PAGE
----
If you are going to inundate me with faxes and phone calls, I would appreciate someone addressing the concerns that I set forth in this letter.

Thank you for your time.

Sincerely,

Paul L. Gleiser

Incredibly insightful, don’t you think?

If hindsight is 2020, the story of the de-volution of radio is crystal clear. We can easily look back and see where it all went wrong. Make no mistake, this is indeed a biased opinion column. I make no apologies for my feelings on this matter. Number one. Greed. That is the main reason for the condition of what used to be the most exciting and vibrant industry in America. However, it’s not just greed, but corporate greed led to a number of other things happening that helped speed the demise of our beloved industry.

You have probably asked yourself, what is the point of this article? Isn’t this pretty much what everyone else is saying? And, you’d be correct in thinking that. Re-hashing what most of us in the industry have thought for the past 25 years as we watched it evolve over the years can be tedious, but I have to point things out because an examination of the scene of the crime will reveal to us the solutions.

Let me cut to the chase. Radio is DEAD. The body is cold and all it’s waiting for is the monitors to show that there’s no more brain activity. Radio is suffering from terminal cancer. And, while it’s not my desire to hurt anyone’s feelings while they mourn the loss of their profession, it has to be said. Radio in its present form can not continue. It MUST die. Completely. And I’ll tell you why.

While we know the problem at iHeart that prompted the layoffs of this past week was debt elimination (and that’s going to continue), the entire radio industry is in the toilet. Partly because of acquired debt, but partly also because radio missed the bus when internet audio technology arrived over 20 years ago, then evolved to something people could stream. This radio industry all but buried its head in the sand as internet radio was born, just as it did when Pandora and Spotify came along, Apple music and all the other apps out there, not the LEAST of which is YouTube, offering premium music streaming. For radio, it’s answer to this was to continue doing business as usual, confident… almost arrogant as it stated time and time again, “radio has more listeners than any other media”. “More people consume radio every day than…. ” blah blah blah. Sure. Stations got into streaming. A nice, half-hearted attempt at duplicating its over the air content on platforms that sometimes worked, and often didn’t. But the youth knew where to get music.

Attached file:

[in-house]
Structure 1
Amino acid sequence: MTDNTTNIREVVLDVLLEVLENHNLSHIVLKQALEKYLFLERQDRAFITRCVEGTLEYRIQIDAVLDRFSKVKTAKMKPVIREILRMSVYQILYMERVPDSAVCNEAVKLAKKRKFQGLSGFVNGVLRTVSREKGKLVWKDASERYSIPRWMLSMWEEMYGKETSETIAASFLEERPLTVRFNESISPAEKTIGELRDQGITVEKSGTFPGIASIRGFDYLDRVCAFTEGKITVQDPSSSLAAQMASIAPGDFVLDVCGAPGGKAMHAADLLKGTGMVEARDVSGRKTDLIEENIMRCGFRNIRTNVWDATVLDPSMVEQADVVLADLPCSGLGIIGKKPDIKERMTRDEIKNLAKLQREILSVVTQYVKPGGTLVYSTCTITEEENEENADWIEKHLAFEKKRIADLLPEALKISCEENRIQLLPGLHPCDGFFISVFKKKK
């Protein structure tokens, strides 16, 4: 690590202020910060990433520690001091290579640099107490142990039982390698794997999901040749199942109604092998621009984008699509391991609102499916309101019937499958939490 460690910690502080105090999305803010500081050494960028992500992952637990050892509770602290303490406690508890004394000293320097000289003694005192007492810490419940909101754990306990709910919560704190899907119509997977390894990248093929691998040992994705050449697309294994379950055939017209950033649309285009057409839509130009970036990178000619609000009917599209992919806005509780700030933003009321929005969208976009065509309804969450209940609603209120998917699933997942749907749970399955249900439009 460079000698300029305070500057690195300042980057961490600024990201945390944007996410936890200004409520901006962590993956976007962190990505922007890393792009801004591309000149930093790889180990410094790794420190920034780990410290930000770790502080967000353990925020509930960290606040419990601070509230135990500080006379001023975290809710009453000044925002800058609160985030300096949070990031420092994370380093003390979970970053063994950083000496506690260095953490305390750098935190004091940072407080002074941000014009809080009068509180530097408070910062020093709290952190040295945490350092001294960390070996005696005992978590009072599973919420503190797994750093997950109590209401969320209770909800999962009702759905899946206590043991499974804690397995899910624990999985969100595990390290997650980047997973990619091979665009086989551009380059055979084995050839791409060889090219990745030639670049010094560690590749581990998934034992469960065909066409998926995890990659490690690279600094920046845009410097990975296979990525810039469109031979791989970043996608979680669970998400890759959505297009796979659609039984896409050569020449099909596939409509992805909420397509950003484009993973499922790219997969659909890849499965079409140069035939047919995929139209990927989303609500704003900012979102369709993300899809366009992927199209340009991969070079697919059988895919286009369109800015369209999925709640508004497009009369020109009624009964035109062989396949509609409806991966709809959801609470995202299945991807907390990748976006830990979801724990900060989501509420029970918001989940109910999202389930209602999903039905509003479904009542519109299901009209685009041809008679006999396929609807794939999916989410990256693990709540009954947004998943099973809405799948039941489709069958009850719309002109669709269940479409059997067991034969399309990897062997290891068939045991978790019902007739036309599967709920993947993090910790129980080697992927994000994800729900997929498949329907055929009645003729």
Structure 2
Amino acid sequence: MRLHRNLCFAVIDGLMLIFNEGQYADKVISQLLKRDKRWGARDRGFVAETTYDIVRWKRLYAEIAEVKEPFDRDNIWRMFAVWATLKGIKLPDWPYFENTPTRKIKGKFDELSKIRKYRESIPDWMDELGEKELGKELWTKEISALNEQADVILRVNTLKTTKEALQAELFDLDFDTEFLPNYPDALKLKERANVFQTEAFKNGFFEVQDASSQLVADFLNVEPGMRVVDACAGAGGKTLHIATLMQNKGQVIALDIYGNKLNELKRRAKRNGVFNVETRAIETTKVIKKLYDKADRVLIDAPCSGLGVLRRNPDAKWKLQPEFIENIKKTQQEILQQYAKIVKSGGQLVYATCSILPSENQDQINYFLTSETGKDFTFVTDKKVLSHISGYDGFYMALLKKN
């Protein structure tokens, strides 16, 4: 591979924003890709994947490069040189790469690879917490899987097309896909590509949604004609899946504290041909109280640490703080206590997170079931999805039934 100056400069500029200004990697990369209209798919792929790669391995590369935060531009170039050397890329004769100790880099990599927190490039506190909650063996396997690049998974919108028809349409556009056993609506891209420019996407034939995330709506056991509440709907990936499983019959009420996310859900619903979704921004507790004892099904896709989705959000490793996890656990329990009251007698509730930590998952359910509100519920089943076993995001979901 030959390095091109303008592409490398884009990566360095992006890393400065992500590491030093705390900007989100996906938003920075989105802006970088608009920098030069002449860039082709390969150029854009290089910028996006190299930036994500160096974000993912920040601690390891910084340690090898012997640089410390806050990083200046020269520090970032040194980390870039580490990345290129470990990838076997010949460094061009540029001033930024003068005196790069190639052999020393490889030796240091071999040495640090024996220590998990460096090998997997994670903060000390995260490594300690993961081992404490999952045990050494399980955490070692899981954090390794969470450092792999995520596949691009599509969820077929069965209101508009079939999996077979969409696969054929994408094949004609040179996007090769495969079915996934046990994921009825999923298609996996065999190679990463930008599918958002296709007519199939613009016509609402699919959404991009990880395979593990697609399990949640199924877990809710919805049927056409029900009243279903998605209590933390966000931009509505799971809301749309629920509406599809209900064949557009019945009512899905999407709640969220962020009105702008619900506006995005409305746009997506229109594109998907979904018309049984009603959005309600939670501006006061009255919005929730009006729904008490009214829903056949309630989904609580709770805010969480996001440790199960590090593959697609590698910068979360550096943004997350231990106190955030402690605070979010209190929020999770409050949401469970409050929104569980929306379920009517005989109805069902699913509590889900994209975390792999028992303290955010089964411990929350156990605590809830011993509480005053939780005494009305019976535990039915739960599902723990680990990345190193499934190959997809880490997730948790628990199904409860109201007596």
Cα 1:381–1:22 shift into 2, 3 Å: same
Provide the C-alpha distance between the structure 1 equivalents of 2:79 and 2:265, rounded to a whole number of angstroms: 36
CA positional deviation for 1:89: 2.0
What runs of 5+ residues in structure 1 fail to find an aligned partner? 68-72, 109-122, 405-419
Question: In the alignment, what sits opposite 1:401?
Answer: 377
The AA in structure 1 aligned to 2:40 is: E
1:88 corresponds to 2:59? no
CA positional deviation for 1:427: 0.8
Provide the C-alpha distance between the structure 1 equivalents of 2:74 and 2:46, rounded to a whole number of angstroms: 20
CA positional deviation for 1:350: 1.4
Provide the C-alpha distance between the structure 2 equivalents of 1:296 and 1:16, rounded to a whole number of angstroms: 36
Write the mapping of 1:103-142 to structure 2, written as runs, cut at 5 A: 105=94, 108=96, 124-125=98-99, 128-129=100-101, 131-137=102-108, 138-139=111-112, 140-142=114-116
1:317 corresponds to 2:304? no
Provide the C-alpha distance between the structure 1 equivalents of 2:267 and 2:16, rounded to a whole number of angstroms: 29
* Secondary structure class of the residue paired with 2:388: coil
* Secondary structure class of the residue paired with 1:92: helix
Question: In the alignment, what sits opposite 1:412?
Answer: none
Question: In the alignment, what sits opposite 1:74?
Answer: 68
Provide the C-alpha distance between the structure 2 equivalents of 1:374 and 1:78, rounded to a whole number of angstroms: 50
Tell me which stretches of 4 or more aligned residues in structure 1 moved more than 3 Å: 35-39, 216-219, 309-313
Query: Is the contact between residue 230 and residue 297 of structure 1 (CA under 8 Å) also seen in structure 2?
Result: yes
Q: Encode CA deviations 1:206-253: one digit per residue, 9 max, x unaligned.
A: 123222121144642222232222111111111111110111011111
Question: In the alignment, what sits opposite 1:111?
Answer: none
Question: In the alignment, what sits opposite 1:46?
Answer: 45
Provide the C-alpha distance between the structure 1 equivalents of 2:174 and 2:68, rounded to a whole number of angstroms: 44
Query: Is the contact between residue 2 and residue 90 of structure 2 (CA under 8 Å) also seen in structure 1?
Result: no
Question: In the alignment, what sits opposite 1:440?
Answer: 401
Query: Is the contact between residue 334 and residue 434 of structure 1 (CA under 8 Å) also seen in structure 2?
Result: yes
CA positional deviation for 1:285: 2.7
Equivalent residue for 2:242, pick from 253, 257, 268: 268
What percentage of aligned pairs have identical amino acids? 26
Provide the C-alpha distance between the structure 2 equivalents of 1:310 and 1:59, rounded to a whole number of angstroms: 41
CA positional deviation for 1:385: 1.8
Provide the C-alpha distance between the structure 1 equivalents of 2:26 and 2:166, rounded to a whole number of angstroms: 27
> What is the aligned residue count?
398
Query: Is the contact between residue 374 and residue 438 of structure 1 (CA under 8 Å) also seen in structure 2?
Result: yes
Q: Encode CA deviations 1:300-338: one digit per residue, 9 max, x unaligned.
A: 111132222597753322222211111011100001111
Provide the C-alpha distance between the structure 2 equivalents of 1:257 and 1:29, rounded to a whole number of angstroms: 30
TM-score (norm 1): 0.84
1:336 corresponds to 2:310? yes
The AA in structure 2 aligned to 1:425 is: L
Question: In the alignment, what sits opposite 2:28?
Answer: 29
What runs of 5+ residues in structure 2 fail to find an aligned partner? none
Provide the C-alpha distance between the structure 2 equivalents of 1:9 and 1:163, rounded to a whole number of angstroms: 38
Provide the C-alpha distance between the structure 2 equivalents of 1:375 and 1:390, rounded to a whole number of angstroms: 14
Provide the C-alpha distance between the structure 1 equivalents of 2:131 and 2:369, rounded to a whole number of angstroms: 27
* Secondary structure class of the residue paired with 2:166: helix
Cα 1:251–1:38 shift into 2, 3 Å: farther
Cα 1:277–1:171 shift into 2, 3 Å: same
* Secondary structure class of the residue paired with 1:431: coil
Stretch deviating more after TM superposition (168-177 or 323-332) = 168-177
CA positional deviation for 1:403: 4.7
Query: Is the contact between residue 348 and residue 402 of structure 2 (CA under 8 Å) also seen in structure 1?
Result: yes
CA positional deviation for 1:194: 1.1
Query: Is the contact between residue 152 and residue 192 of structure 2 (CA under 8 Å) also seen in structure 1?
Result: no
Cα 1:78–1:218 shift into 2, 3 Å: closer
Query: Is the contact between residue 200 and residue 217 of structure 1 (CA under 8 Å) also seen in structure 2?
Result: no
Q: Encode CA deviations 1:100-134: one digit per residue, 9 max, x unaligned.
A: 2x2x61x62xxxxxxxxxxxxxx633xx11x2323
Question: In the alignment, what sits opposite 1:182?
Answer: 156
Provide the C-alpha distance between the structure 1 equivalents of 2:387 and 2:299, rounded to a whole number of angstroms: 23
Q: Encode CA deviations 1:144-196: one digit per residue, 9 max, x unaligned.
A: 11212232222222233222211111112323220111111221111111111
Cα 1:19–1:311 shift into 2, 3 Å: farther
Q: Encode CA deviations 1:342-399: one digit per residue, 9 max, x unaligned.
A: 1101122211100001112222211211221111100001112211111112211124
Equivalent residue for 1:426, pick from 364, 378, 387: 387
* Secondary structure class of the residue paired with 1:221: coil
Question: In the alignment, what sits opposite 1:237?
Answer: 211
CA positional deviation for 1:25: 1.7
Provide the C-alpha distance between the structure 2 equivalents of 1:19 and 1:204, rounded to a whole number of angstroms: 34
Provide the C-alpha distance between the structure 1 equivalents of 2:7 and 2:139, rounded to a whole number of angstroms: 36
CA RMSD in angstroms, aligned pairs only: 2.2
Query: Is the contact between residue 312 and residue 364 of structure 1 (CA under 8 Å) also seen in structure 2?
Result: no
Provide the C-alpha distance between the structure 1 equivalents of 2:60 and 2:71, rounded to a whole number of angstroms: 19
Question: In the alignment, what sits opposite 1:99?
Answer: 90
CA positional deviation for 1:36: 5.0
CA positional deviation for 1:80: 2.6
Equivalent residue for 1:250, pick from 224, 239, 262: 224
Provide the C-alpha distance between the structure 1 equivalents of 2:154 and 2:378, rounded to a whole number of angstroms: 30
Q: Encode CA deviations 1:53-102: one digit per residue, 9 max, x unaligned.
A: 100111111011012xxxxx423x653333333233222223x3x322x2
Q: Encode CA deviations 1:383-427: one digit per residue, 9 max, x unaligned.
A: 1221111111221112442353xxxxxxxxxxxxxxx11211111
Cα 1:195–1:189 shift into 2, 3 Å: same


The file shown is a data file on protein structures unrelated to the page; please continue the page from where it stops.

What I’m saying here is, RADIO should have been on the CUTTING EDGE of internet ‘radio’ development, not on the hind end of it after watching internet stations come along, and premium streaming services. And while we’re at it, radio fell asleep at the wheel when the record labels came calling demanding huge royalties that put most of the early independent stations out of business, but allowed the premium services to survive and learn to create a subscription business model which today is worth BILLIONS. Without the baggage of transmitters and paying people to jockey ‘discs’ or the baggage of Federal regulators at the FCC. Did radio put up a fuss about royalties?  Not really.  Just enough to make it look good. Did radio try to develop unique content for the web? Well… they tried, in a radio, sort of way. But really, radio left it to rank amateurs to figure out how to beat radio at its own game instead of embracing that technology early and RADIO being the entity to master the internet of stations with wholly unique content, using talent that it already had on the payrolls. Now, in a stroke of irony, every song that the radio industry allows to air on the internet is worth royalty gold to the labels. Those same labels that were PAYING Deejays and radio stations to play those songs 50 years prior. So WHAT if iHeart has an app. I’d argue that Pandora and YouTube Music way outpace iHeart’s app.

And that’s just ONE area that radio left on the table for others to develop, while radio was busy thinking that Ibiquity’s “In Band On Channel” “HD” Radio was going to solve listener problems.

And since we’re on the technical end of radio, lets talk about what listeners actually hear in their cars. IF they bother to tune to a radio station at all.